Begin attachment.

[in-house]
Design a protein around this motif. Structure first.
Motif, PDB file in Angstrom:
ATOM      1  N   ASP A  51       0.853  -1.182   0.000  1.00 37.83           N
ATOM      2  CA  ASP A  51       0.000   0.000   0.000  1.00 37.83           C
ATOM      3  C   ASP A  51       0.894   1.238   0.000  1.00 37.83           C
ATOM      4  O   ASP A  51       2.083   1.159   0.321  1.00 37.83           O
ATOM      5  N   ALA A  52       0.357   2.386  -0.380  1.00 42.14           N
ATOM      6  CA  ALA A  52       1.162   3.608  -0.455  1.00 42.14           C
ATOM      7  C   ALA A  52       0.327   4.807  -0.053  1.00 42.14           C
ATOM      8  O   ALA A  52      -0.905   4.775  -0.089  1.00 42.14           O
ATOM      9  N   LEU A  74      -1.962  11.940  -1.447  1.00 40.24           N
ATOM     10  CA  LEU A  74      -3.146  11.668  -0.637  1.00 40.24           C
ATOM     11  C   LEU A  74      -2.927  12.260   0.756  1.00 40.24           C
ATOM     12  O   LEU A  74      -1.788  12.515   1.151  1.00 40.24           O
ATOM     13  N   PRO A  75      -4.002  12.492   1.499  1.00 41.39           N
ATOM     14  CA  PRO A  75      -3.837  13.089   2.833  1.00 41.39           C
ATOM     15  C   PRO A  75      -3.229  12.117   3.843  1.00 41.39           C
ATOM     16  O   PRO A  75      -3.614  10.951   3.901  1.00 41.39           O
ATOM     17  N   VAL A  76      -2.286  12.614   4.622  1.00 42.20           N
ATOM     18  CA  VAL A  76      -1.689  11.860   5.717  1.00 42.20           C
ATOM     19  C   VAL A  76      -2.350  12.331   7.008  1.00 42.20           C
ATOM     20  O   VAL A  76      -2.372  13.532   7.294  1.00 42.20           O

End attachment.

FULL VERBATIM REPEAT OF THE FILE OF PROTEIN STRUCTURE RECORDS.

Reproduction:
[in-house]
Design a protein around this motif. Structure first.
Motif, PDB file in Angstrom:
ATOM      1  N   ASP A  51       0.853  -1.182   0.000  1.00 37.83           N
ATOM      2  CA  ASP A  51       0.000   0.000   0.000  1.00 37.83           C
ATOM      3  C   ASP A  51       0.894   1.238   0.000  1.00 37.83           C
ATOM      4  O   ASP A  51       2.083   1.159   0.321  1.00 37.83           O
ATOM      5  N   ALA A  52       0.357   2.386  -0.380  1.00 42.14           N
ATOM      6  CA  ALA A  52       1.162   3.608  -0.455  1.00 42.14           C
ATOM      7  C   ALA A  52       0.327   4.807  -0.053  1.00 42.14           C
ATOM      8  O   ALA A  52      -0.905   4.775  -0.089  1.00 42.14           O
ATOM      9  N   LEU A  74      -1.962  11.940  -1.447  1.00 40.24           N
ATOM     10  CA  LEU A  74      -3.146  11.668  -0.637  1.00 40.24           C
ATOM     11  C   LEU A  74      -2.927  12.260   0.756  1.00 40.24           C
ATOM     12  O   LEU A  74      -1.788  12.515   1.151  1.00 40.24           O
ATOM     13  N   PRO A  75      -4.002  12.492   1.499  1.00 41.39           N
ATOM     14  CA  PRO A  75      -3.837  13.089   2.833  1.00 41.39           C
ATOM     15  C   PRO A  75      -3.229  12.117   3.843  1.00 41.39           C
ATOM     16  O   PRO A  75      -3.614  10.951   3.901  1.00 41.39           O
ATOM     17  N   VAL A  76      -2.286  12.614   4.622  1.00 42.20           N
ATOM     18  CA  VAL A  76      -1.689  11.860   5.717  1.00 42.20           C
ATOM     19  C   VAL A  76      -2.350  12.331   7.008  1.00 42.20           C
ATOM     20  O   VAL A  76      -2.372  13.532   7.294  1.00 42.20           O